Peter has been using Math U See for years now and it is the perfect fit for him. It used to be that I taught him each lesson and then he would work through the worksheets, but last year we switched to having him watch Mr. Demme teach the lesson. If he has issues, I reteach and I am always right there when he is doing his math, but he likes the independence of being able to move on without waiting for Mom.  The pacing of Math U See helps him to build confidence in each new skill before moving on, which is just what he needs, and when we need to slow down on a concept, it’s really easy to do that. He is not moving through the level quickly, but he is mastering the material. For Peter, Math U See gets two thumbs up.

### Emma (age 7) is doing Mathematical Reasoning Level C from Critical Thinking Company.

She loves the colorful pictures and the variety of topics. She gets bored doing page after page of the same thing. The only thing she doesn’t like about it is that every handful of pages they throw in a page with 25 or so multiple digit addition or subtraction problems with regrouping, which instantly bogs her down.

I’ve found that spreading arithmetic practice out works better for retention of facts, so instead I have her do a handful of these problems on the whiteboard each day. For some reason it is less painful to do arithmetic on the whiteboard and it’s definitely less intimidating to see 5 at a time instead of a whole page.

Occasionally we change things up by adding in something else (we’ve used some of MEP this year, also) and playing some games.

I also have the three younger children signed up for Prodigy, which is a fun extra.

That’s it. It may not be fancy, but math gets done every day and there are (mostly) no tears. For me, that’s a big win.

### More Great Math Content and Freebies on Homeschooling Hearts & Minds:

##### Outsourcing High School Math on a Shoe String

Free Math Printables:

### Please visit my fellow homeschool bloggers who are talking about Discovering Patterns: Math and the Mathematical Sciences this week:

Finding Our Math Equilibrium: Our Plan for 11th, 7th, 5th, and 2nd Grades + Free Printables! by Susan @ Homeschooling Hearts & Minds

Math Resources and Programs for All Ages by Amanda H @ Hopkins Homeschool

Math (doesn't) Stink! by Jennifer King @A Peace of Mind

When Math is NOT Your Thing by Michele@Family, Faith and Fridays

Math U See and All the Supplements by Laura H @ Four Little Penguins

Discovering Patterns in Our World: STEM Studies by Laura @ Day by Day in Our World

Junior High Math by Jennifer @ A Glimpse of Our Life

Science & Math for Struggling Learners by Yvie @ Gypsy Road

Maths: a subject in progress by Sarah @ Delivering Grace

Taking Mathematics out of the Textbook by Dana Hanley @ Roscommon Acre

Maths for a Very Maths-y Boy by Lizzy @ Peaches At Home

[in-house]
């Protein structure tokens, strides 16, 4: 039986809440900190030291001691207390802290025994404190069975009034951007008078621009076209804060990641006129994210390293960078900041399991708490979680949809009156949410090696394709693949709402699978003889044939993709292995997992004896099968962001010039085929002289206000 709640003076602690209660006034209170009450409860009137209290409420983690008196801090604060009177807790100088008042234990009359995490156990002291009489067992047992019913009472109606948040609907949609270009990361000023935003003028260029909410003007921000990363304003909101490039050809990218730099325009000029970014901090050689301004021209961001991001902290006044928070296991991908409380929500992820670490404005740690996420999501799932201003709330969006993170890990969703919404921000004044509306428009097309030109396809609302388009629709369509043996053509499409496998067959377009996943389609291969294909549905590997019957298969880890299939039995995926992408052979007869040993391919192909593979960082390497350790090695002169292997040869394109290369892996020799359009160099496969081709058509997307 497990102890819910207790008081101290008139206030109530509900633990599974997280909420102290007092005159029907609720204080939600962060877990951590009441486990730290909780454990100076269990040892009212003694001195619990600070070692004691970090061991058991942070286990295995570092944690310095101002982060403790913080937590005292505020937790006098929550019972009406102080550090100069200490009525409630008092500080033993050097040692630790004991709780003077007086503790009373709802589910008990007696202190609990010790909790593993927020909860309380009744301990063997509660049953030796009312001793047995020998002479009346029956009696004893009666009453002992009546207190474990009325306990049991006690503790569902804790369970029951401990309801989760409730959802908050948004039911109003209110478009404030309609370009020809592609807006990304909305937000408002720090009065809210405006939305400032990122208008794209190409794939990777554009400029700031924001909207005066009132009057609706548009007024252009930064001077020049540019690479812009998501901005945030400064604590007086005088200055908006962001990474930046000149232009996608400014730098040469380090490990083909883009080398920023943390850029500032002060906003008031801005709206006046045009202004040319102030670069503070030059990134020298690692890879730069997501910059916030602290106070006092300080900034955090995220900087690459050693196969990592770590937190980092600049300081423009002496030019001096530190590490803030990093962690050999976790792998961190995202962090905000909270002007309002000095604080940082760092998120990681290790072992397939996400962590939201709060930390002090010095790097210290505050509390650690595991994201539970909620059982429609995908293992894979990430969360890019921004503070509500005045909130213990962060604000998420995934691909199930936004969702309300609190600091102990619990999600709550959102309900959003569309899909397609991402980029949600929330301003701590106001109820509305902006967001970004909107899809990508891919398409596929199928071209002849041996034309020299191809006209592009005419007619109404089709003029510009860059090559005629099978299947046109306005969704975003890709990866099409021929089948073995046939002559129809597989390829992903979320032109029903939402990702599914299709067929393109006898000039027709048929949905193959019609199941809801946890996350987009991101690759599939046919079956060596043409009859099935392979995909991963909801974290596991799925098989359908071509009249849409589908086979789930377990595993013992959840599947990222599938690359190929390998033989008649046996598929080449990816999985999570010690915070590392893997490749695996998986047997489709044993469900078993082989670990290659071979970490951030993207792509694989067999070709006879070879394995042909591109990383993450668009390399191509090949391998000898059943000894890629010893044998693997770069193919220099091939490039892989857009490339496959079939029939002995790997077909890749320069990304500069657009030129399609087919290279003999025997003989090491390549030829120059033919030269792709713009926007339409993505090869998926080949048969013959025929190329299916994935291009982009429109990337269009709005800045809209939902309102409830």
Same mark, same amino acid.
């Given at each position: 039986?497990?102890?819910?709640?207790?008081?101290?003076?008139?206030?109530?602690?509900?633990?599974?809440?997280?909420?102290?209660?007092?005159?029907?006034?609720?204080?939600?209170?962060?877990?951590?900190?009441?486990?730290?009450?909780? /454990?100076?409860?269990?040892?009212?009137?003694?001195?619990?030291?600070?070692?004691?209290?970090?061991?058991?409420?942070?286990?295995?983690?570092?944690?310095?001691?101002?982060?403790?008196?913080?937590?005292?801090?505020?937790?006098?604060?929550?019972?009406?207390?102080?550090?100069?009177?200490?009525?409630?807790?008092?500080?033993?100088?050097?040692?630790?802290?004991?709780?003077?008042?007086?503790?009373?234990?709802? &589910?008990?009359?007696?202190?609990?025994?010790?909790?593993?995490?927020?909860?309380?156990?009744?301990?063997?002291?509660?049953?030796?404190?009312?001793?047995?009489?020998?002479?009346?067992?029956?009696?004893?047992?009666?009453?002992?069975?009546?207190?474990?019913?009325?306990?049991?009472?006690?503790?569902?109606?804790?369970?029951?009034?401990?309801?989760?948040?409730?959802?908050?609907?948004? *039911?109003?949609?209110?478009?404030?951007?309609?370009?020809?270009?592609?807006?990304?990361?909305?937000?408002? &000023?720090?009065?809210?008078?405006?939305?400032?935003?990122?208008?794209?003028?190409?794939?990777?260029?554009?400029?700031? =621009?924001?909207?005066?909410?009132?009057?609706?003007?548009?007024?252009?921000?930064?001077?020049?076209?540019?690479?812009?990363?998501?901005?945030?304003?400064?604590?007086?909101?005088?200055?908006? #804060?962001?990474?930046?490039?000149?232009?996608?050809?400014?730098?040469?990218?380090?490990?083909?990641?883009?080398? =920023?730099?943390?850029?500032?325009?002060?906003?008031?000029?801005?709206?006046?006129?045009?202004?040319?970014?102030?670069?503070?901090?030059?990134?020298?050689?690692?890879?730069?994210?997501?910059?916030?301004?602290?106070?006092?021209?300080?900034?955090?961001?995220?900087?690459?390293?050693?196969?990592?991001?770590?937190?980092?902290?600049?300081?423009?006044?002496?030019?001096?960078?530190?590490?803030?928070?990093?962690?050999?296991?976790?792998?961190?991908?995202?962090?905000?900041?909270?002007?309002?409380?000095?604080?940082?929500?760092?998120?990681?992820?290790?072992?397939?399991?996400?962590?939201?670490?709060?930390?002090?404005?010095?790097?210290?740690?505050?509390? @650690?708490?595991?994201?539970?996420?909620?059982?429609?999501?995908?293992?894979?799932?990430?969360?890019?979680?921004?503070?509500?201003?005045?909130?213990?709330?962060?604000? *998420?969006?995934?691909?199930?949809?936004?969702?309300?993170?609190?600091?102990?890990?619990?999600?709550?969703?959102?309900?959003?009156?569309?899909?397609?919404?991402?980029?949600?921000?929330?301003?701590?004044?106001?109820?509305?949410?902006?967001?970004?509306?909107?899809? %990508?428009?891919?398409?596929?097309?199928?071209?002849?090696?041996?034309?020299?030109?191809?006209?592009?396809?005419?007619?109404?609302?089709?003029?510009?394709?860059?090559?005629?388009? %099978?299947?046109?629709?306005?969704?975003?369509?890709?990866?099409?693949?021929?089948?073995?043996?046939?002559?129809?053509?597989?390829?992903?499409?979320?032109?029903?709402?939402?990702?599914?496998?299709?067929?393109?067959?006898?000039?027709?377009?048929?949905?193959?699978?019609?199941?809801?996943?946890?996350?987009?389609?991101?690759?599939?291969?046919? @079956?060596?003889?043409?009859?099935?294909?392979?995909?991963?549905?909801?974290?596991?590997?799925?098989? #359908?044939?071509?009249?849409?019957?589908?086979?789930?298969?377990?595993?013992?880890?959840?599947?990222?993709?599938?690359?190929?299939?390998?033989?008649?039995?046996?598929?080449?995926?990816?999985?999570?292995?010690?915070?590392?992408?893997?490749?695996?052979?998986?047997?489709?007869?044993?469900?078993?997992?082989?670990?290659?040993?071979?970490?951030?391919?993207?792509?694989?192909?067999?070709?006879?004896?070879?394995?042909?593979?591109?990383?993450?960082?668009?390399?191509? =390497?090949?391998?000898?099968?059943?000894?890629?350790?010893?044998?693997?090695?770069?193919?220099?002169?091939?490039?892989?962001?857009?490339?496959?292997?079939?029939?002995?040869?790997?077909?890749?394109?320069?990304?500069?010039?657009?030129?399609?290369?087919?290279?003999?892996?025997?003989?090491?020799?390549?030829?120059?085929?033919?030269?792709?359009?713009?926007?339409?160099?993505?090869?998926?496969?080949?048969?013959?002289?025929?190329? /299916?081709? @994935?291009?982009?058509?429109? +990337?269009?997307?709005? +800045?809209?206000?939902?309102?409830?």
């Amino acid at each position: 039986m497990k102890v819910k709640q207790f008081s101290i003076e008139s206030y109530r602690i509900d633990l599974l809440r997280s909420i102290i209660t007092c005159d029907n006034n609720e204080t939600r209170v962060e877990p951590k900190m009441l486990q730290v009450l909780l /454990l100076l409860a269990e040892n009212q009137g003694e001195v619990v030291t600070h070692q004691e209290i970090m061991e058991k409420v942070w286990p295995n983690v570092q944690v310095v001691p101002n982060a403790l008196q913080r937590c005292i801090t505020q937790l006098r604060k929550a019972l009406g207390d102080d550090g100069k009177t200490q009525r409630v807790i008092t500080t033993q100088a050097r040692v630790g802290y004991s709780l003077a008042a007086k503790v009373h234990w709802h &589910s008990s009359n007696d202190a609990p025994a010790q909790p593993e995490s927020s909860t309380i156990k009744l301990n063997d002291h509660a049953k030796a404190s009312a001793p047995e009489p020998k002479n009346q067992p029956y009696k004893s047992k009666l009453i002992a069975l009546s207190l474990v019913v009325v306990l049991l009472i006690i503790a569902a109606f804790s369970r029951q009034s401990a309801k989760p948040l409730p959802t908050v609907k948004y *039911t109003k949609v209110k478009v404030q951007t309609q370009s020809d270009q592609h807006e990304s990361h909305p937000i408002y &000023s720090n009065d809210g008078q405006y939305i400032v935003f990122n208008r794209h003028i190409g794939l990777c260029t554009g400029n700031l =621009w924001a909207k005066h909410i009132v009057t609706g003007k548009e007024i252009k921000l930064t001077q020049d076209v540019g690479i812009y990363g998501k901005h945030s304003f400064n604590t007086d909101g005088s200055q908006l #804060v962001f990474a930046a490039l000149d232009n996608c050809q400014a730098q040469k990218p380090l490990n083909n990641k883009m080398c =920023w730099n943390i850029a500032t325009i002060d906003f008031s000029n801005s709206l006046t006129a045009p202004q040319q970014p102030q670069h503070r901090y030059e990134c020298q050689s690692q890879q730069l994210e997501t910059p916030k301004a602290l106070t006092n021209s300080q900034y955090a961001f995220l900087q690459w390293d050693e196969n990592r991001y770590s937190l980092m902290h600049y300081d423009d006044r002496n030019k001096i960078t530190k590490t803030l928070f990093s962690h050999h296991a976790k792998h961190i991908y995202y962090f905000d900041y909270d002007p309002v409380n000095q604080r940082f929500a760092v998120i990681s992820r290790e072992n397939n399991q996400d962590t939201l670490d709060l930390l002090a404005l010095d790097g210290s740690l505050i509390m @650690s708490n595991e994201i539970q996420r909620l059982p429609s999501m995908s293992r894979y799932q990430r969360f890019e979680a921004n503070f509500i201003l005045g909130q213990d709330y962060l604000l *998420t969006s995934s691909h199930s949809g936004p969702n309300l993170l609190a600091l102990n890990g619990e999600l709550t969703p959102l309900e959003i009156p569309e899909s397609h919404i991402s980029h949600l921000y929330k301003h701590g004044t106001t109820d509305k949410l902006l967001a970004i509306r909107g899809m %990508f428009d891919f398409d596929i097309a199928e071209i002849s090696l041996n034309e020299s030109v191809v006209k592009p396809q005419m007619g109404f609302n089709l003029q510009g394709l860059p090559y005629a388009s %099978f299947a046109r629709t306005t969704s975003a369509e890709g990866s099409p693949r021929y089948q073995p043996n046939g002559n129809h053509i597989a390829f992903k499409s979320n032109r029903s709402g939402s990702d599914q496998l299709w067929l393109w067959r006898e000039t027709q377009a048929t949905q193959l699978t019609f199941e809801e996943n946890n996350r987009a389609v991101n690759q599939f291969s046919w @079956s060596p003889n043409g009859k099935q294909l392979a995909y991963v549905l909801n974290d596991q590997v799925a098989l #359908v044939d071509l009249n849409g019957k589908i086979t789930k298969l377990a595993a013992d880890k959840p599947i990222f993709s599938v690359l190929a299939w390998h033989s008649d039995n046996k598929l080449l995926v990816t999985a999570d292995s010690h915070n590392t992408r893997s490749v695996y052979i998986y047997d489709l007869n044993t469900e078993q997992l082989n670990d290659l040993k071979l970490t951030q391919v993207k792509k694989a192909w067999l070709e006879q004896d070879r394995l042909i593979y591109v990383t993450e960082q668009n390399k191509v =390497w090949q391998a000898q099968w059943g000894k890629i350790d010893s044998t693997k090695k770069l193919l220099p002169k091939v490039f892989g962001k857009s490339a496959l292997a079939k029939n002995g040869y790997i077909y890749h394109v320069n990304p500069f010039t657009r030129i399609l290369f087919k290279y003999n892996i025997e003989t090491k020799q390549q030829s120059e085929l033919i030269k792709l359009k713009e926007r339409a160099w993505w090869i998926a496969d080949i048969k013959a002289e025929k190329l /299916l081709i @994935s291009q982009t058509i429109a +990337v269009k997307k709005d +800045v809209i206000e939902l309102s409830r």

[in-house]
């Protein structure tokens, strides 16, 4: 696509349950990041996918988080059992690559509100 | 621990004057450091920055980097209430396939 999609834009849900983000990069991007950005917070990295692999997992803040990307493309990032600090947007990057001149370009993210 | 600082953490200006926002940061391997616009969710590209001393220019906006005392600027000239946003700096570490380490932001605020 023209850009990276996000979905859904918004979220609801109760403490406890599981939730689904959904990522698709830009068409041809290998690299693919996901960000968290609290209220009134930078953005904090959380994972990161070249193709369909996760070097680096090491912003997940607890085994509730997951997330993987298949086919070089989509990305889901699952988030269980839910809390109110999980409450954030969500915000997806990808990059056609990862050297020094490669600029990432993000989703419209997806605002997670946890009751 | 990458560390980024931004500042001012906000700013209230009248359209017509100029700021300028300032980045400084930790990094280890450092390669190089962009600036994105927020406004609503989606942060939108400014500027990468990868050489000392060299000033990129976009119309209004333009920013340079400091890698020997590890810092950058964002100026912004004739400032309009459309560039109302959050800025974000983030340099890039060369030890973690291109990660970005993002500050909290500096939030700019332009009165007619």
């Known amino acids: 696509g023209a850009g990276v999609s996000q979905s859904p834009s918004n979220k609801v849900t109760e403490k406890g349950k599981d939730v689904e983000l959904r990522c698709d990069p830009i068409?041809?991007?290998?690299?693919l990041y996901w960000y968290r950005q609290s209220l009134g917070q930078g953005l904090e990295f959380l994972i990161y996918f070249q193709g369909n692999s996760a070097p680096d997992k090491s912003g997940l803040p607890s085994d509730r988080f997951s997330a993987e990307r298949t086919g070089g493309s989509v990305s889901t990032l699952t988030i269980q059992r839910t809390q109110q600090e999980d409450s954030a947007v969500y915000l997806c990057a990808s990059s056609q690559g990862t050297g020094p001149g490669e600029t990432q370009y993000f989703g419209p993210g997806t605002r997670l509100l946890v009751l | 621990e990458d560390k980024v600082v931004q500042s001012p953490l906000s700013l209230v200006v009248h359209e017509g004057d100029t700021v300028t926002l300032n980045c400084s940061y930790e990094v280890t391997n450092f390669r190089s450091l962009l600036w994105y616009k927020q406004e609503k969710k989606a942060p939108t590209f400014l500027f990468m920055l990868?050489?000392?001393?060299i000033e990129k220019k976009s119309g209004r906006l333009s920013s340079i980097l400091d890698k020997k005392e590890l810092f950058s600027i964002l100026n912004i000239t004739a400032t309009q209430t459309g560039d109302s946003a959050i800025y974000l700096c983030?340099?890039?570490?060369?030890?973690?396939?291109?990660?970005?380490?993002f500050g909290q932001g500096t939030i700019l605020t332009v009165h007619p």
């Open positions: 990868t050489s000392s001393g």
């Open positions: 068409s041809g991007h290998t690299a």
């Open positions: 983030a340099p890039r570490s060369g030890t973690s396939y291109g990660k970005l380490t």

Practical Math by Annette @ A Net in Time

One of the greatest benefits of homeschooling by Kim @ Good Sweet Love

Math, How I Loathe Thee by Shecki @ Greatly Blessed

Math and Logic in Early Elementary and Preschool {virtual curriculum fair 2017} by Meghan W @ Quiet In The Chaos

Low Stress High School Science and Math by Christy @ Unexpected Homeschool

Are these toys or manipulatives? This is math? by HillaryM @ Walking Fruitfully

When You Don't Have a Math Plan by Brittney @ Mom's Heart

Clear Horizons by Lori H @ At Home: where life happens

A Few Thoughts on Teacher Math by Kristen @ Sunrise to Sunset

1. It's interesting to see you use Mathematical Reasoning with the child who likes math. I have been looking at it for my child who does well with math but dislikes curriculum. Perhaps the variety would keep him more interested.

1. My daughter isn't crazy about curriculum, either. I was hesitant to use MR as a lot of homeschoolers seem to view it as "incomplete," but after having her use the previous level for 1st grade, it seems to be a good fit for her. I simply add in instruction or other activities where needed. She likes that it doesn't focus on pages and pages of arithmetic day after day (there's more to math than arithmetic). Eventually we may need to add more or use something different, but this gets done and she is learning what she needs to learn.

2. My struggle with math is that the lad and I approach it differently and he defines things in his own way...and I was tired of the battle. So this semester.. DAD is in charge. :) Working through Math Mammoth.

1. Yes, sometimes a kid needs a different teacher. :)

3. Every child is different and you seem to point to that so clearly here. I love reading about how TT has worked for you all. I have been wondering what we will do once we get past pre-algebra, which is next up. - Lori

1. Yes, I used to get frustrated by that fact that while so many of my homeschool friends purchase one math curriculum and use it with every child, that approach doesn't seem to work for my family. TT is working for two of my kids. I do recommend trying out the samples with your kids to see how it works for them before purchasing.

4. Funny, we have used ALL those as well with good success! Using TT currently and happy with it. I love the auto grading!